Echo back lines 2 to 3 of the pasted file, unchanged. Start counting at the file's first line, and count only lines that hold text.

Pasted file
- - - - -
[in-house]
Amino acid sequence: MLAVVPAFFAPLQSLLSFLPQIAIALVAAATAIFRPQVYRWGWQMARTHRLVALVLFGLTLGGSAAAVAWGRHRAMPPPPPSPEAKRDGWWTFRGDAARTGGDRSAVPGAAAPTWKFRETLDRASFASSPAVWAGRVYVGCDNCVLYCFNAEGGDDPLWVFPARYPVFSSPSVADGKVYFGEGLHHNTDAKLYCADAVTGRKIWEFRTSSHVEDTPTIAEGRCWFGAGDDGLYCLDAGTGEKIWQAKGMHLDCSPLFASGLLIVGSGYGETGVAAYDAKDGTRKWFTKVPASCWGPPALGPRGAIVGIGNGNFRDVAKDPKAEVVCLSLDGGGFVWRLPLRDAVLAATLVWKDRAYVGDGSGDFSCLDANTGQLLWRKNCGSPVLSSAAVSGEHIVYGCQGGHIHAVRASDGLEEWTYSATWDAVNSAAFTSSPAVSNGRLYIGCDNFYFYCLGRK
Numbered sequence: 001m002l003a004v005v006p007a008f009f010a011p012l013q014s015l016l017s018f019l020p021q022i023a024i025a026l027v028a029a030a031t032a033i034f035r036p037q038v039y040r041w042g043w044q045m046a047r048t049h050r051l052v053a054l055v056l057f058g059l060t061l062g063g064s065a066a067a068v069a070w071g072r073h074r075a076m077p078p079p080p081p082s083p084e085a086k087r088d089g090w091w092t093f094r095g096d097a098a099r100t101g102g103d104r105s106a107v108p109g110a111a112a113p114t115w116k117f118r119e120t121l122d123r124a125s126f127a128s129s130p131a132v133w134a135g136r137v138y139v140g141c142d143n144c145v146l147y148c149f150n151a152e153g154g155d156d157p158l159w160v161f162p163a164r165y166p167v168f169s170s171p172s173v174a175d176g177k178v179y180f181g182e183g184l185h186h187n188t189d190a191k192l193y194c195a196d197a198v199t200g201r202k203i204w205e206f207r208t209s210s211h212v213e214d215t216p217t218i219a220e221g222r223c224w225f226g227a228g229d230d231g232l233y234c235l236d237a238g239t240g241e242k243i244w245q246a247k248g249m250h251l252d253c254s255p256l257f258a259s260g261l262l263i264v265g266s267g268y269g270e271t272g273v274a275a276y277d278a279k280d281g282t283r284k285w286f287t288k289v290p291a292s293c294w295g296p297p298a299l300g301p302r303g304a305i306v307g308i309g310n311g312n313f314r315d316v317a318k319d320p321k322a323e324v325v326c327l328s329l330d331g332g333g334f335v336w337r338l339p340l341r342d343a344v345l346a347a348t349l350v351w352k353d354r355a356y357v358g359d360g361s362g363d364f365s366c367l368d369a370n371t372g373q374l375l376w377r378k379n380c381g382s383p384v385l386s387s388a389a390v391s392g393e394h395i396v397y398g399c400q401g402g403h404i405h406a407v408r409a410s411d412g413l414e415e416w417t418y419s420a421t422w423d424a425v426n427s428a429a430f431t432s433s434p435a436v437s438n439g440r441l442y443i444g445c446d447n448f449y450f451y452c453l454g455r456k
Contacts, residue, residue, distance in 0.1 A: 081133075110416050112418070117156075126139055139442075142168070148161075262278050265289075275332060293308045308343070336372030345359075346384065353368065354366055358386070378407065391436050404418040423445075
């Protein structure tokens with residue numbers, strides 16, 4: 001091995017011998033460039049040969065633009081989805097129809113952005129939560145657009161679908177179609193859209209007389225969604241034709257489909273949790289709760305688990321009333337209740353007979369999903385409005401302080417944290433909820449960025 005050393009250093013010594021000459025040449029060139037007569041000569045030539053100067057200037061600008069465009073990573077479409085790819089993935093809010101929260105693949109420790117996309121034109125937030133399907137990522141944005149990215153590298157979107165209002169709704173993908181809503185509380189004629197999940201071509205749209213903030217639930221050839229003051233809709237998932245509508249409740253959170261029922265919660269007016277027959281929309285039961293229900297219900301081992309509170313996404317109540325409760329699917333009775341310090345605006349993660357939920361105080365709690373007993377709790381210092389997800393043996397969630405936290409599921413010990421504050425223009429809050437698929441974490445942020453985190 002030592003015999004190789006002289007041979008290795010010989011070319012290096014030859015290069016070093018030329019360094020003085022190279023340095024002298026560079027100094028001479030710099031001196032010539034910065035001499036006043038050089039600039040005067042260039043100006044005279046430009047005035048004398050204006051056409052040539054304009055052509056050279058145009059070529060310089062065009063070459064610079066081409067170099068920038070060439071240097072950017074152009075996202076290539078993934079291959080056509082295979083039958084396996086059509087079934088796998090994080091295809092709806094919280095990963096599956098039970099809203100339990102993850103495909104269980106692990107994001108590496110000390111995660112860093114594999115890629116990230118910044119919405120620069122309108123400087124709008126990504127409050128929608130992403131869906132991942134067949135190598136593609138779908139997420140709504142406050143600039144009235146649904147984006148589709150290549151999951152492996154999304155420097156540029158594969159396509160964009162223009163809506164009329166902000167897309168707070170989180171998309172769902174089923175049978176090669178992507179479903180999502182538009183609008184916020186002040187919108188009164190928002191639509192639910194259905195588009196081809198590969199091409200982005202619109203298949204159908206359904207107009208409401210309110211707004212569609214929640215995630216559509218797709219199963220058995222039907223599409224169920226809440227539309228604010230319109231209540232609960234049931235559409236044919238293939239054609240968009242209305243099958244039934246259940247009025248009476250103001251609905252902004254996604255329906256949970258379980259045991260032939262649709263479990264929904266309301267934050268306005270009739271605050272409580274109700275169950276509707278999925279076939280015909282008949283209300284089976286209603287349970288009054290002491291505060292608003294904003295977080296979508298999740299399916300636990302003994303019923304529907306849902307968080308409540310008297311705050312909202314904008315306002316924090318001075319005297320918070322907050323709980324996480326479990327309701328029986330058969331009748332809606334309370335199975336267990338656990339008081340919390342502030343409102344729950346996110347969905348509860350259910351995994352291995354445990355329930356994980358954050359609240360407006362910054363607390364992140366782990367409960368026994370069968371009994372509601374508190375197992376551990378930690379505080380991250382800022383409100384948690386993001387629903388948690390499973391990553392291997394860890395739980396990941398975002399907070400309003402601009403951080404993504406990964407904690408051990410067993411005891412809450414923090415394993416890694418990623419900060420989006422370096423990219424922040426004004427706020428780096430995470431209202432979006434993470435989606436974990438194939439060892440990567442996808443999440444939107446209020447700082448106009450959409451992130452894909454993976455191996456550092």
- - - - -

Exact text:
Amino acid sequence: MLAVVPAFFAPLQSLLSFLPQIAIALVAAATAIFRPQVYRWGWQMARTHRLVALVLFGLTLGGSAAAVAWGRHRAMPPPPPSPEAKRDGWWTFRGDAARTGGDRSAVPGAAAPTWKFRETLDRASFASSPAVWAGRVYVGCDNCVLYCFNAEGGDDPLWVFPARYPVFSSPSVADGKVYFGEGLHHNTDAKLYCADAVTGRKIWEFRTSSHVEDTPTIAEGRCWFGAGDDGLYCLDAGTGEKIWQAKGMHLDCSPLFASGLLIVGSGYGETGVAAYDAKDGTRKWFTKVPASCWGPPALGPRGAIVGIGNGNFRDVAKDPKAEVVCLSLDGGGFVWRLPLRDAVLAATLVWKDRAYVGDGSGDFSCLDANTGQLLWRKNCGSPVLSSAAVSGEHIVYGCQGGHIHAVRASDGLEEWTYSATWDAVNSAAFTSSPAVSNGRLYIGCDNFYFYCLGRK
Numbered sequence: 001m002l003a004v005v006p007a008f009f010a011p012l013q014s015l016l017s018f019l020p021q022i023a024i025a026l027v028a029a030a031t032a033i034f035r036p037q038v039y040r041w042g043w044q045m046a047r048t049h050r051l052v053a054l055v056l057f058g059l060t061l062g063g064s065a066a067a068v069a070w071g072r073h074r075a076m077p078p079p080p081p082s083p084e085a086k087r088d089g090w091w092t093f094r095g096d097a098a099r100t101g102g103d104r105s106a107v108p109g110a111a112a113p114t115w116k117f118r119e120t121l122d123r124a125s126f127a128s129s130p131a132v133w134a135g136r137v138y139v140g141c142d143n144c145v146l147y148c149f150n151a152e153g154g155d156d157p158l159w160v161f162p163a164r165y166p167v168f169s170s171p172s173v174a175d176g177k178v179y180f181g182e183g184l185h186h187n188t189d190a191k192l193y194c195a196d197a198v199t200g201r202k203i204w205e206f207r208t209s210s211h212v213e214d215t216p217t218i219a220e221g222r223c224w225f226g227a228g229d230d231g232l233y234c235l236d237a238g239t240g241e242k243i244w245q246a247k248g249m250h251l252d253c254s255p256l257f258a259s260g261l262l263i264v265g266s267g268y269g270e271t272g273v274a275a276y277d278a279k280d281g282t283r284k285w286f287t288k289v290p291a292s293c294w295g296p297p298a299l300g301p302r303g304a305i306v307g308i309g310n311g312n313f314r315d316v317a318k319d320p321k322a323e324v325v326c327l328s329l330d331g332g333g334f335v336w337r338l339p340l341r342d343a344v345l346a347a348t349l350v351w352k353d354r355a356y357v358g359d360g361s362g363d364f365s366c367l368d369a370n371t372g373q374l375l376w377r378k379n380c381g382s383p384v385l386s387s388a389a390v391s392g393e394h395i396v397y398g399c400q401g402g403h404i405h406a407v408r409a410s411d412g413l414e415e416w417t418y419s420a421t422w423d424a425v426n427s428a429a430f431t432s433s434p435a436v437s438n439g440r441l442y443i444g445c446d447n448f449y450f451y452c453l454g455r456k